By David Henderson
One of the panelists, Susan Athey, a Stanford economist, said she had bought “khakis and loafers” to fit in with the men in the lunchroom of her first economics department, at the Massachusetts Institute of Technology. She did so even though the department was the “most supportive environment” she has encountered in her career.
“I spent all my time hoping that no one would remember I was female,” said Ms. Athey, a past winner of a prestigious award for young economists. “I didn’t want to remind people that I’m a sexual being.”
This is from Ben Casselman and Jim Tankersley, “Female Economists Push Their Field Toward a #MeToo Reckoning,” New York Times, January 10, 2019. By the way, she’s not just some economist. She’s a heavy hitter in the profession, having won the John Bates Clark Medal, which is arguably on a par with the Nobel Prize, in 2007.
I don’t know how to interpret these comments. Of course, I’m assuming that the two reporters are quoting Professor Athey correctly, and I’m assuming that their words “even though” reflect what Professor Athey said. Those assumptions could be wrong.
But on the assumption that they are right, why the “even though” after the first quote about khakis and loafers? Professor Athey seems to be saying that she both wanted to fit in and wanted not to dress in khakis and loafers. My guess is that she’s saying that she both wants to fit in and wants to wear more-feminine dress.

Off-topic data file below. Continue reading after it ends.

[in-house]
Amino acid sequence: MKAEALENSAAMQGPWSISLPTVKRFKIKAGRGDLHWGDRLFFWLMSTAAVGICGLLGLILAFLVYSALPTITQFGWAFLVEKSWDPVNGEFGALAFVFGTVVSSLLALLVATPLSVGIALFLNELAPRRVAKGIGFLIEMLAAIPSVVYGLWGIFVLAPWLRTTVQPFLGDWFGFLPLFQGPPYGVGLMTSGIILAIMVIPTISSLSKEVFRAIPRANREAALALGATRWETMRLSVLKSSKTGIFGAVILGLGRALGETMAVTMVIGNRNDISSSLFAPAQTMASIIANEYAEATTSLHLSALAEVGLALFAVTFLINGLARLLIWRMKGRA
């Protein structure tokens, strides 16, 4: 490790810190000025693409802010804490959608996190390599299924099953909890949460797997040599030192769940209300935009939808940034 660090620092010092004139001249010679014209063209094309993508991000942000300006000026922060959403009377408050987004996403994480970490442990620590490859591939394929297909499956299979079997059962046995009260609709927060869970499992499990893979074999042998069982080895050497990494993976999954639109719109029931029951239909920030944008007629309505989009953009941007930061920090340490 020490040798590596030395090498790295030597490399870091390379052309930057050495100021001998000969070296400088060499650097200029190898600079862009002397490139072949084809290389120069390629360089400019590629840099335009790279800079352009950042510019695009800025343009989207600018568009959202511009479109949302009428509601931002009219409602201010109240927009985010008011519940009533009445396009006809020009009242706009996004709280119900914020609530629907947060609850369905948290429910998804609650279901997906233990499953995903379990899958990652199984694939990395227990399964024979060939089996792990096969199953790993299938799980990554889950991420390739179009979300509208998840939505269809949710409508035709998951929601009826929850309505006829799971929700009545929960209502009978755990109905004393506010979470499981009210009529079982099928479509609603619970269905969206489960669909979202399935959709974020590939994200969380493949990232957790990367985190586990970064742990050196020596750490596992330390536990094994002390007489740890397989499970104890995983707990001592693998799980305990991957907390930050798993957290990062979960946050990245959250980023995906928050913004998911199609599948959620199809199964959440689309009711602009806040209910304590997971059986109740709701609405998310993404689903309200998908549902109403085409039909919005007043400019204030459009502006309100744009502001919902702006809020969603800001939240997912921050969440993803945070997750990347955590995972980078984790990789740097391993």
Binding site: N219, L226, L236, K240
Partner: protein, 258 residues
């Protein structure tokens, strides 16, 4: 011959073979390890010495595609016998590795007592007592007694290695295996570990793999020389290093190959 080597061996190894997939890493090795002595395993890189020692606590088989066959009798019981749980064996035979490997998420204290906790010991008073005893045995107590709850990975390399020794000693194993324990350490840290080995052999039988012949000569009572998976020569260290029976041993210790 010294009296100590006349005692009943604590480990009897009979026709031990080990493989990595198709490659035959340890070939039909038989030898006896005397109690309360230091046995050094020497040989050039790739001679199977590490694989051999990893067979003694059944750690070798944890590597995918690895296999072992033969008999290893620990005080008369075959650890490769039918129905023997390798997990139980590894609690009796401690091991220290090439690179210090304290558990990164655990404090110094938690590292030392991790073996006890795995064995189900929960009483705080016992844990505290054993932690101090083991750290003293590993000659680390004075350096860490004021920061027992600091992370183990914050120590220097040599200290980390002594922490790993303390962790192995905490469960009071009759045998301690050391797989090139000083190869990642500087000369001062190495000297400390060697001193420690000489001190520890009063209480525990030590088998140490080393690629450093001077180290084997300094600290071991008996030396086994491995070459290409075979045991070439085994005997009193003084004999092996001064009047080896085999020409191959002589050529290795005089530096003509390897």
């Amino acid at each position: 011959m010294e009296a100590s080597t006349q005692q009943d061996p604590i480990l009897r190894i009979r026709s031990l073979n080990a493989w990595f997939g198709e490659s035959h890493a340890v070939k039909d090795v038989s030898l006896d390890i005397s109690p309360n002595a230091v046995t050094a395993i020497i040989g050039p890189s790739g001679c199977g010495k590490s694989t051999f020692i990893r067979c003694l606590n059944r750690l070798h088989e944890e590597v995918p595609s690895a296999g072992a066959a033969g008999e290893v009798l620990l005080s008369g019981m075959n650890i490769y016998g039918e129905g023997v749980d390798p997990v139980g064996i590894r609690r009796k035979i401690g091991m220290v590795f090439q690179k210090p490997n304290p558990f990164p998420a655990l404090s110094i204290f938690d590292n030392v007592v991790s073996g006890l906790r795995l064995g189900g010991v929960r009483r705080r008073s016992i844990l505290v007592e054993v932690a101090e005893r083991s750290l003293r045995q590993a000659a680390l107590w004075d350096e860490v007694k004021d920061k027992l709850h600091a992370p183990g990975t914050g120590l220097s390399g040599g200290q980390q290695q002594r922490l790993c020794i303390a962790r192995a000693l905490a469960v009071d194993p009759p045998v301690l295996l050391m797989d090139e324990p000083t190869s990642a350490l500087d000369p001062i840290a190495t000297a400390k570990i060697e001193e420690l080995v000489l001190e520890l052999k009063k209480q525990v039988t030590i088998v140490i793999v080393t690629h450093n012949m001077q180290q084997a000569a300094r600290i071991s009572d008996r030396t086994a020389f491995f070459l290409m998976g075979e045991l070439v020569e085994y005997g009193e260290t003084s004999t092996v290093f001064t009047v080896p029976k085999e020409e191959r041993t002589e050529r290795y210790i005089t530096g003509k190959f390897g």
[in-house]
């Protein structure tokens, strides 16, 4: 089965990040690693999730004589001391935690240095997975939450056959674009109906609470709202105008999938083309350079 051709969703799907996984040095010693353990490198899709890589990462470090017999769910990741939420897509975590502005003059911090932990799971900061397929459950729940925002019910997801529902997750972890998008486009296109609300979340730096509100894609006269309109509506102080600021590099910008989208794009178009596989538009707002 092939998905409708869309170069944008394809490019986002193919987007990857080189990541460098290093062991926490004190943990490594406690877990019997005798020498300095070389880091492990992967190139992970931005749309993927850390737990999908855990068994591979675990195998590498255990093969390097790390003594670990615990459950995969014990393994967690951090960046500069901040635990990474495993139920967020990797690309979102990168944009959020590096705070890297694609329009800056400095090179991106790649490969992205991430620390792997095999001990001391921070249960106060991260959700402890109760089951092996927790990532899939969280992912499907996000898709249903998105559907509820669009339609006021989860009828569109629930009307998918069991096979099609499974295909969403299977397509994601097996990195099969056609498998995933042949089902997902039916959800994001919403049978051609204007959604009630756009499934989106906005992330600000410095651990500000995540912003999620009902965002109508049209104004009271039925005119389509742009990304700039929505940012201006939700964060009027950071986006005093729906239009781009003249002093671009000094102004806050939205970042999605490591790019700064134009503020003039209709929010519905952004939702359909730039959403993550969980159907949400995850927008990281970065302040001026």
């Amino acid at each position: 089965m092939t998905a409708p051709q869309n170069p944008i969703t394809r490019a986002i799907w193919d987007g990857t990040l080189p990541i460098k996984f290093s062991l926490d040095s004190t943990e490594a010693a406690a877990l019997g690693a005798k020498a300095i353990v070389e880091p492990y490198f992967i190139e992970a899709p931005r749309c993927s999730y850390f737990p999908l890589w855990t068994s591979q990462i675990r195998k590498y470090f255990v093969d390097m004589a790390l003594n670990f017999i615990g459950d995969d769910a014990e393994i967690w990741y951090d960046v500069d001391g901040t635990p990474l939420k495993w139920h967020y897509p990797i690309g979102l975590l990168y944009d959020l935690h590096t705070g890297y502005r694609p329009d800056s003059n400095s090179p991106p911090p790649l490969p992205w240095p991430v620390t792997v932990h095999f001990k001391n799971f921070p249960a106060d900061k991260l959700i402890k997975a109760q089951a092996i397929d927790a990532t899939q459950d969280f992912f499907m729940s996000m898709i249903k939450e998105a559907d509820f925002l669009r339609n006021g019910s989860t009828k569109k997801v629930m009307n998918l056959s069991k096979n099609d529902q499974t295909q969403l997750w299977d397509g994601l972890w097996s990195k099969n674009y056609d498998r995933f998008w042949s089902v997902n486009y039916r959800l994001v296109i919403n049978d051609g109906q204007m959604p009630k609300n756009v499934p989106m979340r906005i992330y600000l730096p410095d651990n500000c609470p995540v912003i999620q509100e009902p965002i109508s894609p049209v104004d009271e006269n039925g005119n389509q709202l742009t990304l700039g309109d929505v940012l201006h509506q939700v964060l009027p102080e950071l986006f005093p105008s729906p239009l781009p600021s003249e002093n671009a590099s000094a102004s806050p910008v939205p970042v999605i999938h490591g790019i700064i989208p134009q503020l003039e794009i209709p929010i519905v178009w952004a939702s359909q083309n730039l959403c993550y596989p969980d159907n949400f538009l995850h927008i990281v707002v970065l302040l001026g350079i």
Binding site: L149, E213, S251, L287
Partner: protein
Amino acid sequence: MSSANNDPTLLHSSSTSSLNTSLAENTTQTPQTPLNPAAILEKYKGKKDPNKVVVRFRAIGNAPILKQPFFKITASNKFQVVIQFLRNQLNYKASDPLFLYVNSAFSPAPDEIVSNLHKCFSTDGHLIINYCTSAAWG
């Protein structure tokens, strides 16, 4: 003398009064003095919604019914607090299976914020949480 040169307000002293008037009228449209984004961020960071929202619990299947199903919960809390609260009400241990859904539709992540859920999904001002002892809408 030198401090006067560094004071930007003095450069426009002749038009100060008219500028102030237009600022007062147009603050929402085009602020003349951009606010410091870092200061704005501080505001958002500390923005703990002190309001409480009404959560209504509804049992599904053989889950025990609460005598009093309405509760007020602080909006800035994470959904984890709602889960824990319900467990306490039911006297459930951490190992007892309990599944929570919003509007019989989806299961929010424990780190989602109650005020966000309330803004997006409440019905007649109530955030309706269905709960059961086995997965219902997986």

Now go to the second quote. Professor Athey is saying that she didn’t want to remind people that she’s a sexual being. One way to do that would be to wear “khakis and loafers.” So here she seems to be saying that she wants to wear khakis and loafers.
And it’s difficult to tell from any of this whether Professor Athey would want people to notice that she’s female or would want people not to notice.
Consider, then, the questions that a male colleague of Professor Athey might ask himself about how best to deal with her. Let’s say she’s wearing a dress or even a nice pant suit. Let’s say the male colleague notices and thinks it looks nice. Should he say it looks nice? Does that show he recognizes she’s a sexual being? Does she like that? And remember that given her status in the profession, if this male colleague doesn’t have tenure yet, he needs to think about the implications for his tenure of any direction he chooses.
If I were her colleague, I would be genuinely confused about how to deal with Professor Athey around issues of clothing. By the way, I know what I would do because this is what I tend to do. I would go directly to her, show the quotes, and say, “How do you want me to treat you? What do you want me to say I notice?” I don’t know her and so I don’t know how she would receive that.
Now take some guys who aren’t like me in this respect, which is probably most guys. They probably won’t dare ask what I asked because they could fear that direct questions are risky. Maybe they would fear too much, but the stakes are big.
These are serious workplace challenges nowadays.